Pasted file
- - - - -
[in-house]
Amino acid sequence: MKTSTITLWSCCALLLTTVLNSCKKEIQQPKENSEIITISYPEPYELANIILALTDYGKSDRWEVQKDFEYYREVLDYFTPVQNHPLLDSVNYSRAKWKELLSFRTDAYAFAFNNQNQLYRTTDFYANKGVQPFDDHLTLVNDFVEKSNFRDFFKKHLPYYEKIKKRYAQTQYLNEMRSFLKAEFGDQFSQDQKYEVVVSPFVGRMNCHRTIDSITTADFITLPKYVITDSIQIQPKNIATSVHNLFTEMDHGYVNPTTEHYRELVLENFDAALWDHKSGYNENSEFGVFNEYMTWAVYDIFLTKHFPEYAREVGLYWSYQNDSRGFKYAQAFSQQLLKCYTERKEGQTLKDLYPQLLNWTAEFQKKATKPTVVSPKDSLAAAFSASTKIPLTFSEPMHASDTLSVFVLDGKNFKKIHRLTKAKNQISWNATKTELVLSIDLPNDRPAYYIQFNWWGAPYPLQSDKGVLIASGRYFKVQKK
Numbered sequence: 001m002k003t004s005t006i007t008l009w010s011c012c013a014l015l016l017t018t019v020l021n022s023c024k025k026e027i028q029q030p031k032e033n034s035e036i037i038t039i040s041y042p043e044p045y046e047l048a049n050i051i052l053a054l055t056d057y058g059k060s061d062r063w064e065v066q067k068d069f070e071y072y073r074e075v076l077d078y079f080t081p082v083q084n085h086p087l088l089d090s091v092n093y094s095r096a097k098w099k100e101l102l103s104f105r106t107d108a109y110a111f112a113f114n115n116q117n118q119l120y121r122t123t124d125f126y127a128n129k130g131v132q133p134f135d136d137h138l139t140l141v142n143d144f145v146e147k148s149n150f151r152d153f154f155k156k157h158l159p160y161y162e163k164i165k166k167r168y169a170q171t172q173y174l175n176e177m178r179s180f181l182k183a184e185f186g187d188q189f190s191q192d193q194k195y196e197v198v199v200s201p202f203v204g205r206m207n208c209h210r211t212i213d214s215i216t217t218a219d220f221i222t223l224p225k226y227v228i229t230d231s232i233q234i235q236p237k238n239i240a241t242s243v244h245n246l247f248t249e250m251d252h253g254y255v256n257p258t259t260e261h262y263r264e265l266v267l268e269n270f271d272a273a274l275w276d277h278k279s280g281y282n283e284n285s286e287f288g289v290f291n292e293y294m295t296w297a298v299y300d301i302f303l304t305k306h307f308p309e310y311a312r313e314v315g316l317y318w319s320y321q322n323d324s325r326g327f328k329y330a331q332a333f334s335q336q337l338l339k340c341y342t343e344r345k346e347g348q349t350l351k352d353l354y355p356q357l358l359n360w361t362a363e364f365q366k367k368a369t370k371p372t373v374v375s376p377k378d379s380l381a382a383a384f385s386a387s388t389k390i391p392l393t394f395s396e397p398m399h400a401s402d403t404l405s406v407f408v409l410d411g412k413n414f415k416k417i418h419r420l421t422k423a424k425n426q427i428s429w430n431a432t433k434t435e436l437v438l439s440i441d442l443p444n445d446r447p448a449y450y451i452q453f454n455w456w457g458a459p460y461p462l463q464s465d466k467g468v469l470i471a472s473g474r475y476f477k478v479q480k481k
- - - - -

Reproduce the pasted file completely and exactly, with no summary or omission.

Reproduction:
[in-house]
Amino acid sequence: MKTSTITLWSCCALLLTTVLNSCKKEIQQPKENSEIITISYPEPYELANIILALTDYGKSDRWEVQKDFEYYREVLDYFTPVQNHPLLDSVNYSRAKWKELLSFRTDAYAFAFNNQNQLYRTTDFYANKGVQPFDDHLTLVNDFVEKSNFRDFFKKHLPYYEKIKKRYAQTQYLNEMRSFLKAEFGDQFSQDQKYEVVVSPFVGRMNCHRTIDSITTADFITLPKYVITDSIQIQPKNIATSVHNLFTEMDHGYVNPTTEHYRELVLENFDAALWDHKSGYNENSEFGVFNEYMTWAVYDIFLTKHFPEYAREVGLYWSYQNDSRGFKYAQAFSQQLLKCYTERKEGQTLKDLYPQLLNWTAEFQKKATKPTVVSPKDSLAAAFSASTKIPLTFSEPMHASDTLSVFVLDGKNFKKIHRLTKAKNQISWNATKTELVLSIDLPNDRPAYYIQFNWWGAPYPLQSDKGVLIASGRYFKVQKK
Numbered sequence: 001m002k003t004s005t006i007t008l009w010s011c012c013a014l015l016l017t018t019v020l021n022s023c024k025k026e027i028q029q030p031k032e033n034s035e036i037i038t039i040s041y042p043e044p045y046e047l048a049n050i051i052l053a054l055t056d057y058g059k060s061d062r063w064e065v066q067k068d069f070e071y072y073r074e075v076l077d078y079f080t081p082v083q084n085h086p087l088l089d090s091v092n093y094s095r096a097k098w099k100e101l102l103s104f105r106t107d108a109y110a111f112a113f114n115n116q117n118q119l120y121r122t123t124d125f126y127a128n129k130g131v132q133p134f135d136d137h138l139t140l141v142n143d144f145v146e147k148s149n150f151r152d153f154f155k156k157h158l159p160y161y162e163k164i165k166k167r168y169a170q171t172q173y174l175n176e177m178r179s180f181l182k183a184e185f186g187d188q189f190s191q192d193q194k195y196e197v198v199v200s201p202f203v204g205r206m207n208c209h210r211t212i213d214s215i216t217t218a219d220f221i222t223l224p225k226y227v228i229t230d231s232i233q234i235q236p237k238n239i240a241t242s243v244h245n246l247f248t249e250m251d252h253g254y255v256n257p258t259t260e261h262y263r264e265l266v267l268e269n270f271d272a273a274l275w276d277h278k279s280g281y282n283e284n285s286e287f288g289v290f291n292e293y294m295t296w297a298v299y300d301i302f303l304t305k306h307f308p309e310y311a312r313e314v315g316l317y318w319s320y321q322n323d324s325r326g327f328k329y330a331q332a333f334s335q336q337l338l339k340c341y342t343e344r345k346e347g348q349t350l351k352d353l354y355p356q357l358l359n360w361t362a363e364f365q366k367k368a369t370k371p372t373v374v375s376p377k378d379s380l381a382a383a384f385s386a387s388t389k390i391p392l393t394f395s396e397p398m399h400a401s402d403t404l405s406v407f408v409l410d411g412k413n414f415k416k417i418h419r420l421t422k423a424k425n426q427i428s429w430n431a432t433k434t435e436l437v438l439s440i441d442l443p444n445d446r447p448a449y450y451i452q453f454n455w456w457g458a459p460y461p462l463q464s465d466k467g468v469l470i471a472s473g474r475y476f477k478v479q480k481k